Written by Tolly Beck
Tolly Beck is the horticulturist at Lasdon Park and Arboretum in Westchester County. She was formerly a horticulture educator for New York Botanical Gardens in the Bronx and Cornell Cooperative Extension of Rockland, NY.
Wildlife in Winter
We have already experienced cold weather and some snow this year. While we may have brief warm-ups, it seems likely we will once again return to normal winter temperatures. We can spend more time indoors to escape winter conditions, but the snow and extreme cold puts added pressure on wildlife. There are a few things, though, that we can do to make our landscapes more winter friendly for wildlife. By providing sources of food, water, and shelter we will make it easier for wildlife to survive.
Birds, and yes, squirrels benefit from a well stocked birdfeeder throughout winter. Black oil sunflower seeds are a favorite. Suet, whether purchased or made at home, is an excellent and welcome source of energy. Pinecones rolled in peanut butter, then in birdseed, and hung from branches in the yard will also be welcomed. Many trees and shrubs in our landscapes produce fruit that is eaten by wildlife in winter. Native shrubs like Winterberry (Ilex verticillata), Common Hackberry (Celtis occidentalis), and Fragrant Sumac (Rhus aromatic) are all good sources of winter fruit.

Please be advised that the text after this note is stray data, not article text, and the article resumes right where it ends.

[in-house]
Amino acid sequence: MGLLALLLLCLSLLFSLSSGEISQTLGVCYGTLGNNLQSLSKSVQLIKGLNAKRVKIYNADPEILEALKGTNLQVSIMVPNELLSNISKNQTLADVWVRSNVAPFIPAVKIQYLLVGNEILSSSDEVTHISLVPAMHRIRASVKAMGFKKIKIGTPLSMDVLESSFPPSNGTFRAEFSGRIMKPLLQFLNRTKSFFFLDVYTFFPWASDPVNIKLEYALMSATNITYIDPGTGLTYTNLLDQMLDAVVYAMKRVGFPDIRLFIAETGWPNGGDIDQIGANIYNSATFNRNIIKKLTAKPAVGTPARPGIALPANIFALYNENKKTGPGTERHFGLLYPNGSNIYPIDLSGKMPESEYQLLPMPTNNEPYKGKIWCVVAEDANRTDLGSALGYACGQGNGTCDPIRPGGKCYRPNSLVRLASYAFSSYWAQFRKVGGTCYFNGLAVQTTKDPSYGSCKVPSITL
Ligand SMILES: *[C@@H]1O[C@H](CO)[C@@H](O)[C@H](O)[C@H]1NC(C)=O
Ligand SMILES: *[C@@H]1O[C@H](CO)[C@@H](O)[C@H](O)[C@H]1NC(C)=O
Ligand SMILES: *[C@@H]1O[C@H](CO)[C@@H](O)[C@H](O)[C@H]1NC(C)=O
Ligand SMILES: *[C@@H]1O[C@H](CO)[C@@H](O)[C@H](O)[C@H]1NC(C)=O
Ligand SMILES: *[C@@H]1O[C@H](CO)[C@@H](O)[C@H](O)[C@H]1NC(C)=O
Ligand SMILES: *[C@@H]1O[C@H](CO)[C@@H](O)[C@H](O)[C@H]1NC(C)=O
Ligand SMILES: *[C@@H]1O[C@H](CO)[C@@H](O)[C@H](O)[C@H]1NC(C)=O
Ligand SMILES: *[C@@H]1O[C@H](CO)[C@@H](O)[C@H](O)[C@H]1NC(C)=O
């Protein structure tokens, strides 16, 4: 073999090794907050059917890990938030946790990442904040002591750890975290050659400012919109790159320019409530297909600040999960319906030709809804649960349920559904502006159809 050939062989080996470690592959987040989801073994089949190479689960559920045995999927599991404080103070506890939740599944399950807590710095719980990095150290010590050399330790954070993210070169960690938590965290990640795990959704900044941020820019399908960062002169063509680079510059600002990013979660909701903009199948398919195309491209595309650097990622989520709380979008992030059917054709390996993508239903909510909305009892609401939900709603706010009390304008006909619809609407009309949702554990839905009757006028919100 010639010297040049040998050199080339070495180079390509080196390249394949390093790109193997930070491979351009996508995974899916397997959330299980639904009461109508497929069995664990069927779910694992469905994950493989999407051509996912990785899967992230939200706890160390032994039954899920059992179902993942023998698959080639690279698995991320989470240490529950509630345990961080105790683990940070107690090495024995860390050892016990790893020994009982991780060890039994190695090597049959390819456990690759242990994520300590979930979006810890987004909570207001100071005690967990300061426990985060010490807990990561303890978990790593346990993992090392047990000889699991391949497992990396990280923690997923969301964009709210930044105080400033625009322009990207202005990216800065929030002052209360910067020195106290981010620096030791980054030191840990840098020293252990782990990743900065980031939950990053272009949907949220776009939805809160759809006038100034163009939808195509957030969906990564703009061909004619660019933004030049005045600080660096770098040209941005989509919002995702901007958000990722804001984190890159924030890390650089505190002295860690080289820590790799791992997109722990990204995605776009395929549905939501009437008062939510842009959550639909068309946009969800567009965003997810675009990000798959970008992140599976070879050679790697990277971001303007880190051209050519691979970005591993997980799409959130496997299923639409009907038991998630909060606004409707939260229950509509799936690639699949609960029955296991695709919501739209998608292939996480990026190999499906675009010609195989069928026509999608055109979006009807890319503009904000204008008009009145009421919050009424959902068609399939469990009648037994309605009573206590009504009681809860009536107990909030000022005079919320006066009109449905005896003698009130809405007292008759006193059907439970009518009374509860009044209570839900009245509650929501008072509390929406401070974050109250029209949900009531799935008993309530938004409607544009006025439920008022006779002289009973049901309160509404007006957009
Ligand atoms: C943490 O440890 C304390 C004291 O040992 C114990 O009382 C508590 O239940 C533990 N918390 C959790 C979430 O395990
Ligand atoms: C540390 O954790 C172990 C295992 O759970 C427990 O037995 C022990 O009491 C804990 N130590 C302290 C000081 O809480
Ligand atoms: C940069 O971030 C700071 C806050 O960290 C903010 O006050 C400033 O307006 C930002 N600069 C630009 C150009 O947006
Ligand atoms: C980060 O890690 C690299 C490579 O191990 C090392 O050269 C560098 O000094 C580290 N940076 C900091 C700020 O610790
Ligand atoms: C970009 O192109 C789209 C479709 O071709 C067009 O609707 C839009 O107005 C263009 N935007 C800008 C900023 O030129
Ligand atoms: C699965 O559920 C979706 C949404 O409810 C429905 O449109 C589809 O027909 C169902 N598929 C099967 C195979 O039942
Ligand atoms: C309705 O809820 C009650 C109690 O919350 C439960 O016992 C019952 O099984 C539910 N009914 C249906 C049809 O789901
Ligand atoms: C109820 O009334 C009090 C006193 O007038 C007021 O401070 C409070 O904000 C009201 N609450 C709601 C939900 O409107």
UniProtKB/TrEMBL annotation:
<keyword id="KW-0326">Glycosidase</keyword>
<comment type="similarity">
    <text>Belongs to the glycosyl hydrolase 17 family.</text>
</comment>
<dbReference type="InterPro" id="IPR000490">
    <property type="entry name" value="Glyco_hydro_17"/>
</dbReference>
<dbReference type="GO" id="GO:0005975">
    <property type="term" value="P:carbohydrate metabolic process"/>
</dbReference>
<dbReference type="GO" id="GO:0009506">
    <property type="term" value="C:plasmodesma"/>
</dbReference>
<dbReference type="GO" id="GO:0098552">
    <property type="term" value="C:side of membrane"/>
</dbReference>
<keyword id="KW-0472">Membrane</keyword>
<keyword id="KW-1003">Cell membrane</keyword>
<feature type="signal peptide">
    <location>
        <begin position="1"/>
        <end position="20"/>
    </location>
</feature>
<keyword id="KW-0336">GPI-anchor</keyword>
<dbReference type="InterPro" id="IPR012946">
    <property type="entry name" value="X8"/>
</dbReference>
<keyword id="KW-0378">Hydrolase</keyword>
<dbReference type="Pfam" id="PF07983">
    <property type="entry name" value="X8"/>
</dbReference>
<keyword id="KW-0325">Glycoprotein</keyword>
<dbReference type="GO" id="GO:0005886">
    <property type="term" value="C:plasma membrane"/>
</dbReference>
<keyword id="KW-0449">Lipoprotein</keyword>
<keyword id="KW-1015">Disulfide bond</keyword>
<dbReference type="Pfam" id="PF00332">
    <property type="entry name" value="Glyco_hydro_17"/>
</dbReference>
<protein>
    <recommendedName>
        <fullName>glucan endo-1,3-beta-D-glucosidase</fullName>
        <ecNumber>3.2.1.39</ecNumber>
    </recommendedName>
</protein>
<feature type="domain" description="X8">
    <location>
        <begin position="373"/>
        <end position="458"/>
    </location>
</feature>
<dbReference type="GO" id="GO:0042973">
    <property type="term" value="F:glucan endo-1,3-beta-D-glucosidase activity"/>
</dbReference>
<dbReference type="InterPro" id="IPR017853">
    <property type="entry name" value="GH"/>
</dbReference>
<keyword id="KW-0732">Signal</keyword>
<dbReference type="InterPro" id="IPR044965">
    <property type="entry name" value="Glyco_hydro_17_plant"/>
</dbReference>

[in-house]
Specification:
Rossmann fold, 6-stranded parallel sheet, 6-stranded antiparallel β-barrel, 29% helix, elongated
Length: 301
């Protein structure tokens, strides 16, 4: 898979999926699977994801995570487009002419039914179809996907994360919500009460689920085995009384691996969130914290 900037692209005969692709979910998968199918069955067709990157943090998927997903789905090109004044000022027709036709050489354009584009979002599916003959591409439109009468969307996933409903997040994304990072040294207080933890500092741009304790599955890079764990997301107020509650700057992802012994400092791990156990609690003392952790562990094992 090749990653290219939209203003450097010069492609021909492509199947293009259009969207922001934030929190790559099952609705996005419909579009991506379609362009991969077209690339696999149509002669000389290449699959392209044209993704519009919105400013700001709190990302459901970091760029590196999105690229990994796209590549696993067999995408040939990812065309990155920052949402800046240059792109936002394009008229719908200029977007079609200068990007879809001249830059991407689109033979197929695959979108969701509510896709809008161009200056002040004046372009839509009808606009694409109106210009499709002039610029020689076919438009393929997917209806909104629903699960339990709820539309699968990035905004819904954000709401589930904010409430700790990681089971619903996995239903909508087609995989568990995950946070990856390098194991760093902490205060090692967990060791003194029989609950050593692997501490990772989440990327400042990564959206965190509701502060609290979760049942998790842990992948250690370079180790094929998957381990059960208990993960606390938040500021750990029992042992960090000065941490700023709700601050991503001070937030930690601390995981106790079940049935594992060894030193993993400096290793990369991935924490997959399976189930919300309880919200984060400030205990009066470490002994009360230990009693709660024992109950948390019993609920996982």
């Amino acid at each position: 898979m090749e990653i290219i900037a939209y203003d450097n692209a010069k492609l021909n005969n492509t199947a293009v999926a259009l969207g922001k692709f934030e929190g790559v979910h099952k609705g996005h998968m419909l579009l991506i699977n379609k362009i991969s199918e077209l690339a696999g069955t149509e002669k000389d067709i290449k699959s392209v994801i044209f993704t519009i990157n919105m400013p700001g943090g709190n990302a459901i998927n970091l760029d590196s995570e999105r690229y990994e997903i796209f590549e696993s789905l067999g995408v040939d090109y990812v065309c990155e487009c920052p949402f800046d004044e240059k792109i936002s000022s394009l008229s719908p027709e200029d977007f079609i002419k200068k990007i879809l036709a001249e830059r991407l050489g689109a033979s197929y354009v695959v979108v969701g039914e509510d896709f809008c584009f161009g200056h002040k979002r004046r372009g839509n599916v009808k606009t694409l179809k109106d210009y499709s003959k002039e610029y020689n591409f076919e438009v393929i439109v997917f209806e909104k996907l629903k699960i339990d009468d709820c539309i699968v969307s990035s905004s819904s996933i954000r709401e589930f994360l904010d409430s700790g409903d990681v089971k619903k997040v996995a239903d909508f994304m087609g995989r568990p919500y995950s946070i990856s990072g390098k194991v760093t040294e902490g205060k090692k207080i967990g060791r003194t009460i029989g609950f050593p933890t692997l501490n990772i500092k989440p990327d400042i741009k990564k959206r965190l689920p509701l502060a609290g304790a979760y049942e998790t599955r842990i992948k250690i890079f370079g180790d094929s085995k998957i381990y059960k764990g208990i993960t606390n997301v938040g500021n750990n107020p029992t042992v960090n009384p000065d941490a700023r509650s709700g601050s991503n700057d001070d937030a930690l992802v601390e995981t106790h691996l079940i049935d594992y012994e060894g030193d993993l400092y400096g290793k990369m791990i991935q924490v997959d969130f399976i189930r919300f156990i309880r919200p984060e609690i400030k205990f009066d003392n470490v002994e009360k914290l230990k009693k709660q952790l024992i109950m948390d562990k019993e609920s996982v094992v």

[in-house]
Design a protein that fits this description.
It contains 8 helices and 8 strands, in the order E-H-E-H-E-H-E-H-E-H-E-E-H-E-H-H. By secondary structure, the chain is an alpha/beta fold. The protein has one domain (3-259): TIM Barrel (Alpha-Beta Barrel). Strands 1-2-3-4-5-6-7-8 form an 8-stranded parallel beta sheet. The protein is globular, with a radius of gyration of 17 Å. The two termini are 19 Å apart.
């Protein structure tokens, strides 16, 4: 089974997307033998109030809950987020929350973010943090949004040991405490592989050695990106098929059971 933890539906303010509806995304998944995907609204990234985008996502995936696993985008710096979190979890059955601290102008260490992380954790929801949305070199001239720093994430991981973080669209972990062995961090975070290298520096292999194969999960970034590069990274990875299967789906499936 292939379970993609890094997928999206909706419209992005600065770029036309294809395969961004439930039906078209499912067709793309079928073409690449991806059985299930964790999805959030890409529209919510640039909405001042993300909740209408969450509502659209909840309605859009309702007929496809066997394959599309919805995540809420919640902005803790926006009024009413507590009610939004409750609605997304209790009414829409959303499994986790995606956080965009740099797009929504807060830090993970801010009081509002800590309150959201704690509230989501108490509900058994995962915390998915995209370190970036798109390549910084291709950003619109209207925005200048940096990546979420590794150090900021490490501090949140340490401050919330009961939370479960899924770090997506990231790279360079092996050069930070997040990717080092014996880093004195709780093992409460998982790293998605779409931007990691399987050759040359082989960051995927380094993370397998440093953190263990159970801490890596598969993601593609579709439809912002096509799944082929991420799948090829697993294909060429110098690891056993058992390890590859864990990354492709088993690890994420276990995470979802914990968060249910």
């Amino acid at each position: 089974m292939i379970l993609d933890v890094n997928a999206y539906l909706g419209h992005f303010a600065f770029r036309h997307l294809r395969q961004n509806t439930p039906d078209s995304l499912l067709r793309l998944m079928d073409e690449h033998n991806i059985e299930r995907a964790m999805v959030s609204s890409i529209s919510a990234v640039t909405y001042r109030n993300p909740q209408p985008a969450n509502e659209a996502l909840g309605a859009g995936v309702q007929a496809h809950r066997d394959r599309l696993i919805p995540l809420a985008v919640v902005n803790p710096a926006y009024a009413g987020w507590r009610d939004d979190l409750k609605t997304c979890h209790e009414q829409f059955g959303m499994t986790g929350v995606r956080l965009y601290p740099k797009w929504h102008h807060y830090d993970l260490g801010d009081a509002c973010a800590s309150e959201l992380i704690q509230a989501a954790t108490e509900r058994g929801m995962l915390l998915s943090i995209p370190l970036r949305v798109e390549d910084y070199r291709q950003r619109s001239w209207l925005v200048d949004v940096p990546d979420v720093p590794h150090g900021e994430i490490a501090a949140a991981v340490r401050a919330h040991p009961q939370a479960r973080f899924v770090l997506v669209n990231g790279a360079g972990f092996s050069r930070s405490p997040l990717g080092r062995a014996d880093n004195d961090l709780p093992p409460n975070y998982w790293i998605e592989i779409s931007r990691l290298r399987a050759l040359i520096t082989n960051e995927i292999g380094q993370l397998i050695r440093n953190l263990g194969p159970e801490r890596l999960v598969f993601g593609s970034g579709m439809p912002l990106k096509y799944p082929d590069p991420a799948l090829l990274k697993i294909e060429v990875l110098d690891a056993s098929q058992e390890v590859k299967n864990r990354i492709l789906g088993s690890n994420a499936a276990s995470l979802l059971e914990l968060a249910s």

Water is another winter essential for wildlife. A birdbath, stream, or nearby pond will meet this need. There are heaters which can be placed in bird baths and small ponds to keep the water open all winter. As an alternative, a winter- proof large saucer can be filled with water and placed near ground level. When the water freezes in the saucer, the ice block can easily be emptied out and replaced with fresh water.
In addition to food and water, wildlife needs shelter in winter from both wind and predators. Birds, rabbits, squirrels and small mammals appreciate the shelter provided by evergreens, brush and rock piles. Bird houses, traditionally used in spring for nesting, are appreciated in winter as potential roosting areas that will accommodate several birds.
With just a little effort, we can make winter a bit easier for wildlife. We can enjoy our time outdoors knowing that we are providing a more welcoming winter habitat for the wildlife that always lift our spirits.